Speed. Everyone wants it in the golf swing, but few really know how to train for it, or really want to put in the actual effort it requires to attain it. It’s a hot topic right now, and for good reason. The faster you’re able to swing the club, while maintaining optimal strike patterns, the further the ball goes, which very obviously puts you closer to the hole leaving you a shorter club into the green. So how does one go about increasing their speed? Is it through speed specific training with speed sticks? Is it through strength training? Is it by just swinging as hard as you can every time you practice? Lets answer a few of those questions, by the way it’s not the last one.
Put simply, speed and power are a function of strength. The stronger someone is, the more power they will be able to produce. If you want to look at power as an equation, it’s Power or Speed = (Force x Distance) / Time. Simply put we increase force through strength training, we increase distance in the back swing through mobility training, and we decrease time through speed specific training. That’s the short quick and easy answer.
For those that want a more in depth answer, let’s look at the very first variable in this formula, Force. Force is the maximum amount of energy you can transition into an object. How do you increase this variable within the equation though? The big answer to this question and the one above is through a COMBINATION of strength training, mobility training, and speed training. To break this down further and in a simple manner, a bigger/stronger muscle is going to be a faster muscle. The common rebuttal to that though is “look at the power lifters and strongmen who compete, they are way too big to even swing a club” to which my response would be that everyone’s strength is specific. A power lifter or Olympic weightlifter can lift any amount of weight off the ground faster than anyone because that is what they specifically train for. They also train those muscles that drive those movements in isolated, non-specific ways as well, because they know that a bigger muscle is a stronger muscle. That’s why I wanted to specifically emphasize that it’s through a COMBINATION of strength training, mobility training, and speed training. Training just for strength alone isn’t enough to increase speed, you need speed specific work in conjunction with your strength and mobility training.
The body follows what is known as the S.A.I.D principle, which stands for, Specific Adaptation to Imposed Demand. The body is incredibly good at adapting to whatever stress or demand you place on it. If you’re training to get stronger, while simultaneously doing some sort of speed training, for example speed sticks, you will increase your club head speed, but you can’t have one without the other. Speed training specifically keeps your central nervous system on par with how strong you are, and is a skill that needs to be trained and developed just like any other part of the golf swing.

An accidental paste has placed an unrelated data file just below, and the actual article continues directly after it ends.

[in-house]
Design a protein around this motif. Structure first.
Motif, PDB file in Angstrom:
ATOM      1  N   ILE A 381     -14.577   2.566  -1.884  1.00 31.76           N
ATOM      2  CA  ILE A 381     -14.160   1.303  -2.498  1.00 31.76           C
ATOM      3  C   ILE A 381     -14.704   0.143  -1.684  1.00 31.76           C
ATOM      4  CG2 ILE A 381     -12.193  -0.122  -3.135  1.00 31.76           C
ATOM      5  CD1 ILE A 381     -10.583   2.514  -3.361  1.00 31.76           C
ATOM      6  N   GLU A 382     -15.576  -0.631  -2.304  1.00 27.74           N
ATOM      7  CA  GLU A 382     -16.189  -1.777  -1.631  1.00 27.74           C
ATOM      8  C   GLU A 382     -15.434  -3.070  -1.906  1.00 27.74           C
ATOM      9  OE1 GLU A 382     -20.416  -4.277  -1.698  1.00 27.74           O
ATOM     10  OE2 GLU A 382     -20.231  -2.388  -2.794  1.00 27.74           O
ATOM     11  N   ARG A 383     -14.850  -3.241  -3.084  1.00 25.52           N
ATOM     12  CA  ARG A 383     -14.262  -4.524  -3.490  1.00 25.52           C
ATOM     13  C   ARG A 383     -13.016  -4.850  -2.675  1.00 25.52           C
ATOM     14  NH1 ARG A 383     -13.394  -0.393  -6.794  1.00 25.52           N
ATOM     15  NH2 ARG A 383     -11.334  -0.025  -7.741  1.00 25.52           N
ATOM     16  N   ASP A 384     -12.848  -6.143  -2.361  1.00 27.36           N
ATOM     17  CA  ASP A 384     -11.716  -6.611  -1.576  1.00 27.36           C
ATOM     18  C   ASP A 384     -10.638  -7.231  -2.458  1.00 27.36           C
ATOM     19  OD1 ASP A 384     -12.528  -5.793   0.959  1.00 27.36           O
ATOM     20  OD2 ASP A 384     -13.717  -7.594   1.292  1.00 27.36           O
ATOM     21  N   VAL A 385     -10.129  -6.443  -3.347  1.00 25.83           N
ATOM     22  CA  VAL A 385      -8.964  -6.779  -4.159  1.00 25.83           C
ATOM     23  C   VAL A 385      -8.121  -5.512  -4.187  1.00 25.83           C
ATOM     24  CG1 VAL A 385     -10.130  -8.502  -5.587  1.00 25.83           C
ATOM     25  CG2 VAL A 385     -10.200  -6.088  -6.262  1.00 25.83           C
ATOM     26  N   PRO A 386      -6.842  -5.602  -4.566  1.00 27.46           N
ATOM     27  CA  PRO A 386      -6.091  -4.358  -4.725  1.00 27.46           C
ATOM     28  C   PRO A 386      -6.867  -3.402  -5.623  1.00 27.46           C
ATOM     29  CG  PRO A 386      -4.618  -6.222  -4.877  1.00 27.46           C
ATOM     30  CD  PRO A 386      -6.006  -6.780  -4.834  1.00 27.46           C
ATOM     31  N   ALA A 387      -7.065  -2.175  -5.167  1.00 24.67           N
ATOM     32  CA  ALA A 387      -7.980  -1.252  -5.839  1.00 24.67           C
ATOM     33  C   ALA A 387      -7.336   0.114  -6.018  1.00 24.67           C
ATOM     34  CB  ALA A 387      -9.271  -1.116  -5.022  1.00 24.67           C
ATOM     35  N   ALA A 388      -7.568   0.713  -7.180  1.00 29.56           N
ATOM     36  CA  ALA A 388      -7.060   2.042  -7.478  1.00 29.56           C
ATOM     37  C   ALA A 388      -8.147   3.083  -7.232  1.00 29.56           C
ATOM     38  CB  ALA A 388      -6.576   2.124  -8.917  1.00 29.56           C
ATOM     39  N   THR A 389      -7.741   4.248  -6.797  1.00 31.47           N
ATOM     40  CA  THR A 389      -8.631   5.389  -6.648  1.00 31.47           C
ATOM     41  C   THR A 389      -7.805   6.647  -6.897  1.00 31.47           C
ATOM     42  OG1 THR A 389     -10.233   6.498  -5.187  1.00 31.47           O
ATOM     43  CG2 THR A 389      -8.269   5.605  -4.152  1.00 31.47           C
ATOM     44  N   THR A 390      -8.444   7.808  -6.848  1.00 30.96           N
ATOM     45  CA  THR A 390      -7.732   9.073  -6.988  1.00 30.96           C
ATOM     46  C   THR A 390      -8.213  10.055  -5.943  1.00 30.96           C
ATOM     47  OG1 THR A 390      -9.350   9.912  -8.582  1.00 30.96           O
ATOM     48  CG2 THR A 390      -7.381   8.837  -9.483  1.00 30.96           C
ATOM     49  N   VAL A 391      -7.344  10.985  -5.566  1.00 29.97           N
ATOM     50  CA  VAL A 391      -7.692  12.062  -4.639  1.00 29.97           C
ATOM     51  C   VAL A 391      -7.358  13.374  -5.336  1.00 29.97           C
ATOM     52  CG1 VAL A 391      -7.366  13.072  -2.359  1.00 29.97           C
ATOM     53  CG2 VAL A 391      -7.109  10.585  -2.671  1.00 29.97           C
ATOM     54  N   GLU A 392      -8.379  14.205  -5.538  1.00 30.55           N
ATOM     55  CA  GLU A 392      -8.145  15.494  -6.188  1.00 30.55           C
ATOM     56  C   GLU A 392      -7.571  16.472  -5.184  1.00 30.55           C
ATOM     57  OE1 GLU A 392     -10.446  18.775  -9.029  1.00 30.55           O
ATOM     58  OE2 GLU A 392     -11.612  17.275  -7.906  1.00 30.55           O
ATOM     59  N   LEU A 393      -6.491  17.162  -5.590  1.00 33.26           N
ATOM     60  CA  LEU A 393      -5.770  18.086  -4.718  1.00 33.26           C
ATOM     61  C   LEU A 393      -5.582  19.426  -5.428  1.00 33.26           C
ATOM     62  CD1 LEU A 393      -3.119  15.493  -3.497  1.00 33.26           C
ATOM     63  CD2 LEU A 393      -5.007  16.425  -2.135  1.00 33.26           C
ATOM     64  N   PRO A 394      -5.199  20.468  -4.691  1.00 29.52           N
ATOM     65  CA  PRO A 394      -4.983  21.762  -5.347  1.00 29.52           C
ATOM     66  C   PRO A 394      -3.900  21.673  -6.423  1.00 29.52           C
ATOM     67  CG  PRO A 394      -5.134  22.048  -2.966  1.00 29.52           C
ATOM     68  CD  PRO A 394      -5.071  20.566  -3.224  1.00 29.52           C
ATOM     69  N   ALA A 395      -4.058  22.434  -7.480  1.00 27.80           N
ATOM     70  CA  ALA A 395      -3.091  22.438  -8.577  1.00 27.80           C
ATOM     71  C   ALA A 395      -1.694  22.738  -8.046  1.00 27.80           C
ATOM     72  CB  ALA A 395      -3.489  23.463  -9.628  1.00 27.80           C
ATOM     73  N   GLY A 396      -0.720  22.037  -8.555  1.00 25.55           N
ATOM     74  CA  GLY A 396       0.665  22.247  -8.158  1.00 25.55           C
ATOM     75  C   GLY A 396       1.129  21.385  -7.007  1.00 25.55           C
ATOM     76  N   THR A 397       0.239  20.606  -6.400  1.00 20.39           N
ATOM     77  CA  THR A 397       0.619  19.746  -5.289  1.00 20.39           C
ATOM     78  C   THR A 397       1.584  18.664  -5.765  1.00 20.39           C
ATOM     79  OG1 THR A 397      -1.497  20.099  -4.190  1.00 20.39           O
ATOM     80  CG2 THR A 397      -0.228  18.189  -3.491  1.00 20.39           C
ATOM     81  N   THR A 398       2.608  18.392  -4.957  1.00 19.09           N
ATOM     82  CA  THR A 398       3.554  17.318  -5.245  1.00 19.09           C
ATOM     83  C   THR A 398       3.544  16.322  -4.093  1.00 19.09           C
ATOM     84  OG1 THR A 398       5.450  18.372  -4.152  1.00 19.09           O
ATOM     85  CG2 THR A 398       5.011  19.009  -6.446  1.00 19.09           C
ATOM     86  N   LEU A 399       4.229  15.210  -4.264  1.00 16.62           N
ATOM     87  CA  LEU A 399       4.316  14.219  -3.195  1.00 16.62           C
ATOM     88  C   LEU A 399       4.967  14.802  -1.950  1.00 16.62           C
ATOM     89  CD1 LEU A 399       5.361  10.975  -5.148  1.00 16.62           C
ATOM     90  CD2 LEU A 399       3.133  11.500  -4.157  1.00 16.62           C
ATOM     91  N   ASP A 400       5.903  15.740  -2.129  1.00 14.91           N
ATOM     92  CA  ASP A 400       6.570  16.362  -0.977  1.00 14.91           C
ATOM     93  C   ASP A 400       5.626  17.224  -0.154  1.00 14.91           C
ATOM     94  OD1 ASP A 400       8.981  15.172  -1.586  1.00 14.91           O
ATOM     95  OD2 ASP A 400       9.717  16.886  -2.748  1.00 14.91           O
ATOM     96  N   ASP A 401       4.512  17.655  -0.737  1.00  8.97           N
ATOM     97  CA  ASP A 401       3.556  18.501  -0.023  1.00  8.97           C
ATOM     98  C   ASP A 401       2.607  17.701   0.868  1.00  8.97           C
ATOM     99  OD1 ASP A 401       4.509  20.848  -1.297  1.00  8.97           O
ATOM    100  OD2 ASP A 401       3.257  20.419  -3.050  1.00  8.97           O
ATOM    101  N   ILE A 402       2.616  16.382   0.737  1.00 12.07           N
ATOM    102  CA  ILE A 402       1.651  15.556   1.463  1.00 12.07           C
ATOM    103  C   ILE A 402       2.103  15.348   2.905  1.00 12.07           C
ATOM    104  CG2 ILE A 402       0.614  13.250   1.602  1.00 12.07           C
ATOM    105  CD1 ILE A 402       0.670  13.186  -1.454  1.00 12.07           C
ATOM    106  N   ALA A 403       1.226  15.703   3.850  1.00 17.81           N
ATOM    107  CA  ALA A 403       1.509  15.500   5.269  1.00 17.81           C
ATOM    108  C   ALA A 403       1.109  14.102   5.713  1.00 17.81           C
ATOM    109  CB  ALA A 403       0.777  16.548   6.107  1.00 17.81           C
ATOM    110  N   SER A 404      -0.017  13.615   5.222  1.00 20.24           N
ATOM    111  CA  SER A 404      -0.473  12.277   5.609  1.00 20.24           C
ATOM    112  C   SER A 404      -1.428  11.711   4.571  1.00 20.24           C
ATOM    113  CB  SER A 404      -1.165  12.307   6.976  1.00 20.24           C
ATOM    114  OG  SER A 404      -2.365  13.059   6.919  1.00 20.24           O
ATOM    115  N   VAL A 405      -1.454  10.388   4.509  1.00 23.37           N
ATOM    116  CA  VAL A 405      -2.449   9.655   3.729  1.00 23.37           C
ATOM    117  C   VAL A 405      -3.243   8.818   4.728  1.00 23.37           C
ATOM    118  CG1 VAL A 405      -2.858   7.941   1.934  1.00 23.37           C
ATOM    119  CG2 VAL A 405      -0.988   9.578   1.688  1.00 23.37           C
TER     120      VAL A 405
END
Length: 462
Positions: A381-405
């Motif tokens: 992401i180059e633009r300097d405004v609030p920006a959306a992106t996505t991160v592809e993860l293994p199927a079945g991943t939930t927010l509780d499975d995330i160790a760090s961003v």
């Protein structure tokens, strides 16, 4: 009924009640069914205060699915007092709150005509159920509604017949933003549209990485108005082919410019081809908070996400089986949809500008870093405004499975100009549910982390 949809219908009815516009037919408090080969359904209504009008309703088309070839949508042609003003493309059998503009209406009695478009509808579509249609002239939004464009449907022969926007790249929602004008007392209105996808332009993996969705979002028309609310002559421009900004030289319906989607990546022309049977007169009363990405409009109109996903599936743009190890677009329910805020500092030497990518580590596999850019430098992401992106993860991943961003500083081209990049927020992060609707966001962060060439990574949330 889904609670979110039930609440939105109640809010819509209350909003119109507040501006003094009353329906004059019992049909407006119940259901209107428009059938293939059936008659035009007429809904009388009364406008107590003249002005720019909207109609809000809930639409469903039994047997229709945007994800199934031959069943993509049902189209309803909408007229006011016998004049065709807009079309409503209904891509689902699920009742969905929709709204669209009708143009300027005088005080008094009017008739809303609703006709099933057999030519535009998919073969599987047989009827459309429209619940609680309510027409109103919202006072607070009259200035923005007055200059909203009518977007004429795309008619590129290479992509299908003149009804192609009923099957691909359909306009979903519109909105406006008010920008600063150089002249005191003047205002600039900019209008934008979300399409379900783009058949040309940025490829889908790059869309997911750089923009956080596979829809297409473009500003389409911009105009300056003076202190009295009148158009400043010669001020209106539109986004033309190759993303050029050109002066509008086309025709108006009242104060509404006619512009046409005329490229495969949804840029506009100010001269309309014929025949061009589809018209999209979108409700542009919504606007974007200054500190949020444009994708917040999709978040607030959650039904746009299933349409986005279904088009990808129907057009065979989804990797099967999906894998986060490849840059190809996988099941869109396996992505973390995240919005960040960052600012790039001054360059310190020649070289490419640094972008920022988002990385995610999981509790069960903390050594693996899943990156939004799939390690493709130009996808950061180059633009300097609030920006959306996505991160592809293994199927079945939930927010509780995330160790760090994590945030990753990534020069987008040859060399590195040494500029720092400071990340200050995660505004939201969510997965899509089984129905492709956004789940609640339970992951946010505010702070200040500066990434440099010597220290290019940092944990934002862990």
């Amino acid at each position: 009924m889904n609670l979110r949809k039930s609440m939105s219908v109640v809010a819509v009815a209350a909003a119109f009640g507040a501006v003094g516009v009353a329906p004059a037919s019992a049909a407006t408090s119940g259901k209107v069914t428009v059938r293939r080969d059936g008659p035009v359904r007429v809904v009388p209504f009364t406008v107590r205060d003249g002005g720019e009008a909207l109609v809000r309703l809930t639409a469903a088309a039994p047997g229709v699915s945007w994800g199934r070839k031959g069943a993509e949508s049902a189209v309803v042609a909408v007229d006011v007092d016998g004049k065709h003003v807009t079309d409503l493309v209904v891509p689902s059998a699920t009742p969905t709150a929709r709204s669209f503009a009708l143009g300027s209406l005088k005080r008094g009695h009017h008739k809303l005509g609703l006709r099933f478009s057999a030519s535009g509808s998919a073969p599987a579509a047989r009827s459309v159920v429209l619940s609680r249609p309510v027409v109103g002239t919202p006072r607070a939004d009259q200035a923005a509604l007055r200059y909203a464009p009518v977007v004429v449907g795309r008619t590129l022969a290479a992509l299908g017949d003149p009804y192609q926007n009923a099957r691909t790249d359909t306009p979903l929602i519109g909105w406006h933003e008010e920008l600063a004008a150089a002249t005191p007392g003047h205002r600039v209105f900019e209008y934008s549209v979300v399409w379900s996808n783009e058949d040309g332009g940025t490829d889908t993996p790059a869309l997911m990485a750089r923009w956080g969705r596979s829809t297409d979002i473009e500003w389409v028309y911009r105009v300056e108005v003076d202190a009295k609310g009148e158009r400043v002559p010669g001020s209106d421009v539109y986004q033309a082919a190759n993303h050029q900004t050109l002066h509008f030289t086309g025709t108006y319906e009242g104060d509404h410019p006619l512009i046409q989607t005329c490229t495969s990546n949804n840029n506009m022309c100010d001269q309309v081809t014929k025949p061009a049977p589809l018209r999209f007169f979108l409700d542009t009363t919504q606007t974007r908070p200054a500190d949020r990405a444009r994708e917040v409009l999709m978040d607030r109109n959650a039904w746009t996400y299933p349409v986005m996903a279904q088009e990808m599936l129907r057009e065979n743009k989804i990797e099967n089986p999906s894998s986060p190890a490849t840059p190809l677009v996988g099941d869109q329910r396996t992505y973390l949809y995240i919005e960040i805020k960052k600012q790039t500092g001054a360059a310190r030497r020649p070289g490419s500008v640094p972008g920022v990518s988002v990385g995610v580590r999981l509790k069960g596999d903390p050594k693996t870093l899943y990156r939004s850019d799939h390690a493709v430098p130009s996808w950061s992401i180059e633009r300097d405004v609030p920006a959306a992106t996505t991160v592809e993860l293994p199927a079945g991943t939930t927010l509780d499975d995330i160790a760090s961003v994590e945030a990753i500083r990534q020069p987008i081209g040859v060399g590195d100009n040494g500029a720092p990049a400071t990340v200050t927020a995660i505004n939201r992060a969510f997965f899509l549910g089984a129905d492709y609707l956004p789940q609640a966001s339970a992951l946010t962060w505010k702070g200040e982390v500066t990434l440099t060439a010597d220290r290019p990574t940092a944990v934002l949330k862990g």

The next part of this equation is Distance, which in the golf swing can be measured by how far the club head is away from the golf ball. The further you can disassociate the upper body from the lower body, the larger that distance gets. This is where mobility plays it’s part, and why you see long drive competitors with incredible shoulder turns. This thoracic spine mobility that they have allows them to “coil” up to a maximum degree which increases the distance that the club travels.
Time is the final piece to the puzzle, and is what we are fighting against here. We’re looking to accelerate from the top as quickly as possible to reduce this part of the equation as much as possible. This is where speed training plays it’s biggest role, again we are training our nervous system to fire as quickly and efficiently as possible to decrease the amount of time between transition and impact.
SMART Golf & Fitness Instruction is the best place in the Chicagoland area to work on every aspect of your game, including speed. Our fitness professionals are experts in helping you get stronger, faster, and moving better. Contact our team to learn more or become a member at SMART Golf & Fitness Instruction.
Kody is a graduate of Northern Illinois University where he graduated with his B.S in Athletic Training, as well as his M.S in Sport Management. He has practiced as a board certified Athletic Trainer for the past seven years, and has worked with every level of athlete from high school, collegiate, and professional. His background in sports medicine and rehabilitation has given him a different vantage point when assessing a golfer’s movement patterns.
Kody believes there are three things that are most important when it comes to making a change to your golf fitness: assessment, consistency, and goals. He believes these things are most crucial because you will never be able to properly correct something you haven’t fully evaluated and assessed. Progress will never be made if there is no dedicated consistency to the program and process, and you need to set goals in order to drive continuous improvement.
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